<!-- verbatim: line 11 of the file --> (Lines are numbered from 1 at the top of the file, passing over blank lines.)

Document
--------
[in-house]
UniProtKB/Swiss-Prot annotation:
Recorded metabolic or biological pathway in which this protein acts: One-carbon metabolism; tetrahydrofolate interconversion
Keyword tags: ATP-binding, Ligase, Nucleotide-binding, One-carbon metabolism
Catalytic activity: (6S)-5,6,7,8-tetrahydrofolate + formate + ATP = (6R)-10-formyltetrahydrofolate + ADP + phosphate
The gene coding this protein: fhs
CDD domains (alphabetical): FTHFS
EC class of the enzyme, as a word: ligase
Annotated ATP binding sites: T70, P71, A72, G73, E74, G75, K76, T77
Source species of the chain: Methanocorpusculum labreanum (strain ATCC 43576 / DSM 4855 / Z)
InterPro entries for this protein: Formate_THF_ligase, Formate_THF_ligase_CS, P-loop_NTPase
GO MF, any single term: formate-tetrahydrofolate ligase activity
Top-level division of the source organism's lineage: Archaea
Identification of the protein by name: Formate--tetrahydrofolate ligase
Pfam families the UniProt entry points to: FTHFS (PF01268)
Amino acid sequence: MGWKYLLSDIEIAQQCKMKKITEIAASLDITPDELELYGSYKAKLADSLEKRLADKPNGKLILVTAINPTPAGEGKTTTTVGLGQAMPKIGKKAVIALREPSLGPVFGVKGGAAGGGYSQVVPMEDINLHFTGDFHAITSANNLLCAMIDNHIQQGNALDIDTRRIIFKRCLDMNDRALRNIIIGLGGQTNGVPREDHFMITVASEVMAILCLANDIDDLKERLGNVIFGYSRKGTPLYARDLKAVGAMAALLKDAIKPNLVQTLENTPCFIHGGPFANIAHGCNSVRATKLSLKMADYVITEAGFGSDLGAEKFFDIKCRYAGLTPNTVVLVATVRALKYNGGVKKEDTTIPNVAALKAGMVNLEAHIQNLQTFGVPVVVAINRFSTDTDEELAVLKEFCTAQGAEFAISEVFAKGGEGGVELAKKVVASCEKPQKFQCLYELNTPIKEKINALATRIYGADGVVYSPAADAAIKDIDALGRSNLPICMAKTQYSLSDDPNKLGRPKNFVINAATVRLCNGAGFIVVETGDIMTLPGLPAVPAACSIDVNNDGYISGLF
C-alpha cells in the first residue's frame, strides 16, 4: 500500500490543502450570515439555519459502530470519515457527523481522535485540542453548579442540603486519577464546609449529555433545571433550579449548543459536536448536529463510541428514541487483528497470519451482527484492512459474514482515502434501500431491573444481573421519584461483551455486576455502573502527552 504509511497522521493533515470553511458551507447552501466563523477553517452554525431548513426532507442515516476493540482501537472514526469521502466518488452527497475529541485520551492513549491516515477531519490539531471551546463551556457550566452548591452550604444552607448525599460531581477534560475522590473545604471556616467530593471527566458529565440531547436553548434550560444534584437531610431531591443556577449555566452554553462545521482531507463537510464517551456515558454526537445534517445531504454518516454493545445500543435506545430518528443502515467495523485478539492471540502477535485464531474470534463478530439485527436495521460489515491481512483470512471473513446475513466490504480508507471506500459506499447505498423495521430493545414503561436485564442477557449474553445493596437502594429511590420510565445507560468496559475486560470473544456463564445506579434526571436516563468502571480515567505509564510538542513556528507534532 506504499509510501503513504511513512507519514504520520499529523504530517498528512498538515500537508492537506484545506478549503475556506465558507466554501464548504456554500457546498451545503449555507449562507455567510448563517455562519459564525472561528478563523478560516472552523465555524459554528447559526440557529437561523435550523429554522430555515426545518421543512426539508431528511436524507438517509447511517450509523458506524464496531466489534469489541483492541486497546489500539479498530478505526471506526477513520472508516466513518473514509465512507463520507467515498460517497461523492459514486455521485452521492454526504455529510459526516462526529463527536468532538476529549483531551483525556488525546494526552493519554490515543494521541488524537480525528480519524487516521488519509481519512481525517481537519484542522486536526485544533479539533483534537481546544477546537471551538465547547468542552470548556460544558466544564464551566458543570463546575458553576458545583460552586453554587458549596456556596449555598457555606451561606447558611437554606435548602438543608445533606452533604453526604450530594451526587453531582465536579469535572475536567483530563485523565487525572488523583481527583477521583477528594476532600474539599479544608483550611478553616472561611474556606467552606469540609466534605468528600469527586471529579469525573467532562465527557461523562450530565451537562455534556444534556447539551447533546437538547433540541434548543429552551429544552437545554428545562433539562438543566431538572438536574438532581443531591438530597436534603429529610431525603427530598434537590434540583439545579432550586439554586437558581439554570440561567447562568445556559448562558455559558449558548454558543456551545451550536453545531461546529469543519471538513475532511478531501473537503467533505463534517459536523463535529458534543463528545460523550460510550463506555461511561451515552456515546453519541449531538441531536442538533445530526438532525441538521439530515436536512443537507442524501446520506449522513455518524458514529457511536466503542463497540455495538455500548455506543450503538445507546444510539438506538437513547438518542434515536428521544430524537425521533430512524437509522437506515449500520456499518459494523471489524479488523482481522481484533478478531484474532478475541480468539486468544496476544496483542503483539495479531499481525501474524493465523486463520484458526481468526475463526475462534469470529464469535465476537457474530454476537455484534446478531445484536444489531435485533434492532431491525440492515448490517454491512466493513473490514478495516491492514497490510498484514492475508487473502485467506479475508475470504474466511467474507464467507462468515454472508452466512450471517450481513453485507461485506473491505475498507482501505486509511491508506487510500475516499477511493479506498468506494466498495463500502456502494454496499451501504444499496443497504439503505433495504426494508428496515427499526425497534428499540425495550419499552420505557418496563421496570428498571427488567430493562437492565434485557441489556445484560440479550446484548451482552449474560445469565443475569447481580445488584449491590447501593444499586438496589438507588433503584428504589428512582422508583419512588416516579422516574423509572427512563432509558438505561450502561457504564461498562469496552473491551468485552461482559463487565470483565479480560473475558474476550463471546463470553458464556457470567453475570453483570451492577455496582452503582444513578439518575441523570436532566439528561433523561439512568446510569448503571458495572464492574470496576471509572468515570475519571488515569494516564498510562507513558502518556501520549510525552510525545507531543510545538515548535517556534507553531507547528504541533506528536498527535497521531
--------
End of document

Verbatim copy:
InterPro entries for this protein: Formate_THF_ligase, Formate_THF_ligase_CS, P-loop_NTPase